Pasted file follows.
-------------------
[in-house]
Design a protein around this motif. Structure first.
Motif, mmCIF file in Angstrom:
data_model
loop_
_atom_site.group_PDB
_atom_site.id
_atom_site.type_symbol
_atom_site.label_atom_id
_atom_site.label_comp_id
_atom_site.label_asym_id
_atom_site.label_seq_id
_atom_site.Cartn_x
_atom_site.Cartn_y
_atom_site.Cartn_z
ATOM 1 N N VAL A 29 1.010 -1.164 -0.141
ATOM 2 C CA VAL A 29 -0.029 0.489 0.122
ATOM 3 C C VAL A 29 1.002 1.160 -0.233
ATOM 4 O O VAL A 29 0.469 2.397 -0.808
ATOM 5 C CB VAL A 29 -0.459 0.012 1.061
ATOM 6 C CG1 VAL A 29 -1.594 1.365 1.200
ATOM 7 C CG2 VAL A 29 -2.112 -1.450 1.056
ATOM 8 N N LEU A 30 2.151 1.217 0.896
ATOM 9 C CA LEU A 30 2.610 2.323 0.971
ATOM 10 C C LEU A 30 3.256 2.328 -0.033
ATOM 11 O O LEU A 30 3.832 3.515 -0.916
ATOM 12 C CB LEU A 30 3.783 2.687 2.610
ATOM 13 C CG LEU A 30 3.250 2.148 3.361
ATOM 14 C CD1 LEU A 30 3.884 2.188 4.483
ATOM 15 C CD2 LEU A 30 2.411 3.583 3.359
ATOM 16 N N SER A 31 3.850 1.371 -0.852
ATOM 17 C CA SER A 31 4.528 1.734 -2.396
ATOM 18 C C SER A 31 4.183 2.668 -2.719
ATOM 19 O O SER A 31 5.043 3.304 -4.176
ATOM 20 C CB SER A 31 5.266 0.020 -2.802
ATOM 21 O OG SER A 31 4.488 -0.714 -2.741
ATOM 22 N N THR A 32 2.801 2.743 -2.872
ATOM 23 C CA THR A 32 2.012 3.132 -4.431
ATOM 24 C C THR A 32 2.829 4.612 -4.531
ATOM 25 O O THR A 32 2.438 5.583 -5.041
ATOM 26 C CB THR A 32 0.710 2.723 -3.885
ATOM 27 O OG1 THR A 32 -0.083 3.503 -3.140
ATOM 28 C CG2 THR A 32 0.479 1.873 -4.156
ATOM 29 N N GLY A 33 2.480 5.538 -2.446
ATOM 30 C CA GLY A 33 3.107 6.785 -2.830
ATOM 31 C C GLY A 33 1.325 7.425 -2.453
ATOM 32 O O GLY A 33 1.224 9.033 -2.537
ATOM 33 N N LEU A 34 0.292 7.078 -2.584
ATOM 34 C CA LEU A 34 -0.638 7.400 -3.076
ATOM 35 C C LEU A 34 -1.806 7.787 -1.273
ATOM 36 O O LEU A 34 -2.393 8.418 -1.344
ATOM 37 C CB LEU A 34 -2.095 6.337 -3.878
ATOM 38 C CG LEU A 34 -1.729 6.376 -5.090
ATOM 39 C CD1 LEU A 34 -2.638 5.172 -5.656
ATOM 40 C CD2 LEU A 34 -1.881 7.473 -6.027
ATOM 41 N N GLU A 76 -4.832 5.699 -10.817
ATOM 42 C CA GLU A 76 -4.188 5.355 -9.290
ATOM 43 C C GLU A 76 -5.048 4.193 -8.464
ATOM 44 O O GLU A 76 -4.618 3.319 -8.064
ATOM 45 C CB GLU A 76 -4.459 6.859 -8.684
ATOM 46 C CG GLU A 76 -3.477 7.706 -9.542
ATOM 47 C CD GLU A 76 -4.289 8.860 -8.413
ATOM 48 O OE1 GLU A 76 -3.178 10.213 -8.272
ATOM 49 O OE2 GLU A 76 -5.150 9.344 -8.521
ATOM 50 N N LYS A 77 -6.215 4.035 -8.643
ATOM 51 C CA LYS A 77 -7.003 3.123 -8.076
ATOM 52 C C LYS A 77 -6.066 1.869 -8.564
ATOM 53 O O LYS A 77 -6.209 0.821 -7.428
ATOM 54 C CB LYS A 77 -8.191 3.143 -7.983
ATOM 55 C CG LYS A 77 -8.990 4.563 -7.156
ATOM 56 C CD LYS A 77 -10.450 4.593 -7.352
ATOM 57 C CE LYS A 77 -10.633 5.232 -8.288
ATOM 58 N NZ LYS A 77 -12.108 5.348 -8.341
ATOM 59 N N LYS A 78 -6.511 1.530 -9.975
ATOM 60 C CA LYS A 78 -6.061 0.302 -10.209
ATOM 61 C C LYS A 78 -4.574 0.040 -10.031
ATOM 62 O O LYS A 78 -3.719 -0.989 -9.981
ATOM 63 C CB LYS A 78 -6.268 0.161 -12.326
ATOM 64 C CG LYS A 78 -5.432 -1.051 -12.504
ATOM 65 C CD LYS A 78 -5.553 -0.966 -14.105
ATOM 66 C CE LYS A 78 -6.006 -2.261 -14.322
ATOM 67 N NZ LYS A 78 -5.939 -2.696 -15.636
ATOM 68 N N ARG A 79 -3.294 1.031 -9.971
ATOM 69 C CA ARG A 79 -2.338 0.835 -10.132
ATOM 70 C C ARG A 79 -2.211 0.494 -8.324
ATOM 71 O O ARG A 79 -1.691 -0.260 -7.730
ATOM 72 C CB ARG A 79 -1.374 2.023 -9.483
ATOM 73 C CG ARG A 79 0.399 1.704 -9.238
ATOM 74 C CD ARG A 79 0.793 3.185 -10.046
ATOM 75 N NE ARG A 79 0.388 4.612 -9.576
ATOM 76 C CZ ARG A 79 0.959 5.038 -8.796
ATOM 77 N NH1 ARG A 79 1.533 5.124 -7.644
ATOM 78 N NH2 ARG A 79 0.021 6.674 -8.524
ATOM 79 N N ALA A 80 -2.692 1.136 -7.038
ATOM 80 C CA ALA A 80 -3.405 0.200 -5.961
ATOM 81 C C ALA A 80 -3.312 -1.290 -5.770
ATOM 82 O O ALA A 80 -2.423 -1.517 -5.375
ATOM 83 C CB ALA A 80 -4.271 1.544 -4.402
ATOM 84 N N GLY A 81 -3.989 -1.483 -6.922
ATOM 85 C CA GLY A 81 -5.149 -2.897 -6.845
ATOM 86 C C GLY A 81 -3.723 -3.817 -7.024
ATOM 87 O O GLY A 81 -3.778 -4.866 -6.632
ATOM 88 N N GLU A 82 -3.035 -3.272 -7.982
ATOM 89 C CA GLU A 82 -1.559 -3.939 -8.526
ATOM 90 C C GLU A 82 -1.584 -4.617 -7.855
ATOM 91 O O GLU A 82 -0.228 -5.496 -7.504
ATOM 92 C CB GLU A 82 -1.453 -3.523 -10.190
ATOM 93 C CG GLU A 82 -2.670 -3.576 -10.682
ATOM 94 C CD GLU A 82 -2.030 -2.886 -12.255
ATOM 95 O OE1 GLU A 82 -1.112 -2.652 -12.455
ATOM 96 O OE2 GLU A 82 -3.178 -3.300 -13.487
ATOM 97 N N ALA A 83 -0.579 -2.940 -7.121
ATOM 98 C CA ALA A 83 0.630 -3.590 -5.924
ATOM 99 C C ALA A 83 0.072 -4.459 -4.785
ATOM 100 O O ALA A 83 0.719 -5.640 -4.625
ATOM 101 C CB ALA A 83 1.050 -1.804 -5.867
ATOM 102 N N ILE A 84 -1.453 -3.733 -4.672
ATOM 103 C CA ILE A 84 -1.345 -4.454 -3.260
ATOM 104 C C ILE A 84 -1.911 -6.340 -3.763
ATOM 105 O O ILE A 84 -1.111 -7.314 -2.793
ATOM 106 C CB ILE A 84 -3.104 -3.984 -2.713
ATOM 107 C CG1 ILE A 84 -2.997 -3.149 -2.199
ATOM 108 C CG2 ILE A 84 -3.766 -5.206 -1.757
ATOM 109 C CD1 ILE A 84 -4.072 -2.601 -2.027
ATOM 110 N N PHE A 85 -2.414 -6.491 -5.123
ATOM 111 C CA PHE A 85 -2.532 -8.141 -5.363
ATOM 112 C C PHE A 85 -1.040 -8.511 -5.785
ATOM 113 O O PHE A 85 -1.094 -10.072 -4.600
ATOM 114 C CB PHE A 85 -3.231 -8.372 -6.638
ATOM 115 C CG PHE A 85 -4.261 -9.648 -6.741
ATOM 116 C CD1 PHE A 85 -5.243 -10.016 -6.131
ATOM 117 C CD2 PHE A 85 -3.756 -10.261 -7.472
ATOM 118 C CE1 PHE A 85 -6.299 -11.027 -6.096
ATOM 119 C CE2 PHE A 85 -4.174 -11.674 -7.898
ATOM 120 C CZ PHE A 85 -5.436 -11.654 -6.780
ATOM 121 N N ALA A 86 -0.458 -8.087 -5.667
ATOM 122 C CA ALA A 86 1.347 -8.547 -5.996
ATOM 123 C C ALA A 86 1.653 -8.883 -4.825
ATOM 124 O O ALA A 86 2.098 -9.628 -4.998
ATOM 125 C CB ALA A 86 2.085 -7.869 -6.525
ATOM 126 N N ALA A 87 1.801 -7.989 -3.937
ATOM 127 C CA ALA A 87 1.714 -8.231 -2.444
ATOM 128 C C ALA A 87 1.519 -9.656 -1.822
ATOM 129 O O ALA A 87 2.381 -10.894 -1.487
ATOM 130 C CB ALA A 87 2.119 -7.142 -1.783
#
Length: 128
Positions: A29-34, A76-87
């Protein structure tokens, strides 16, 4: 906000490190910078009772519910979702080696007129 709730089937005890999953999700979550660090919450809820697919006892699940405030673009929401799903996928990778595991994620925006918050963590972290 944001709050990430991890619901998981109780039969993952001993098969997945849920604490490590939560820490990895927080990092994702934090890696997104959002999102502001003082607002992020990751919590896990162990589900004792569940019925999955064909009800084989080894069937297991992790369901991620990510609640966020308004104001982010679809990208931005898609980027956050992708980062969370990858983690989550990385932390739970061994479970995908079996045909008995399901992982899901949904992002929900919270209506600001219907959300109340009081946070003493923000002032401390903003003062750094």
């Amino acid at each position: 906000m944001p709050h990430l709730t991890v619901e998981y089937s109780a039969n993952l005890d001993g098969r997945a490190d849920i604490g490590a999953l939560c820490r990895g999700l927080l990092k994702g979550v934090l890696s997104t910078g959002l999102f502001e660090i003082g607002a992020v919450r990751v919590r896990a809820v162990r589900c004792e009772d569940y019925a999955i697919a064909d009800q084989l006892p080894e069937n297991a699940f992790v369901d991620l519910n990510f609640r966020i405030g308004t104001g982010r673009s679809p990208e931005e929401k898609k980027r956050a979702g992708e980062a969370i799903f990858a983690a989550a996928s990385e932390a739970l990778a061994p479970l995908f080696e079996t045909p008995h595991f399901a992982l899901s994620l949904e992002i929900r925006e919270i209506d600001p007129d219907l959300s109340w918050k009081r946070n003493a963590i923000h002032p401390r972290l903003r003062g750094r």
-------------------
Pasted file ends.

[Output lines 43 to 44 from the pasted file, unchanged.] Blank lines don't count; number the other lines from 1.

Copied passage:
ATOM 28 C CG2 THR A 32 0.479 1.873 -4.156
ATOM 29 N N GLY A 33 2.480 5.538 -2.446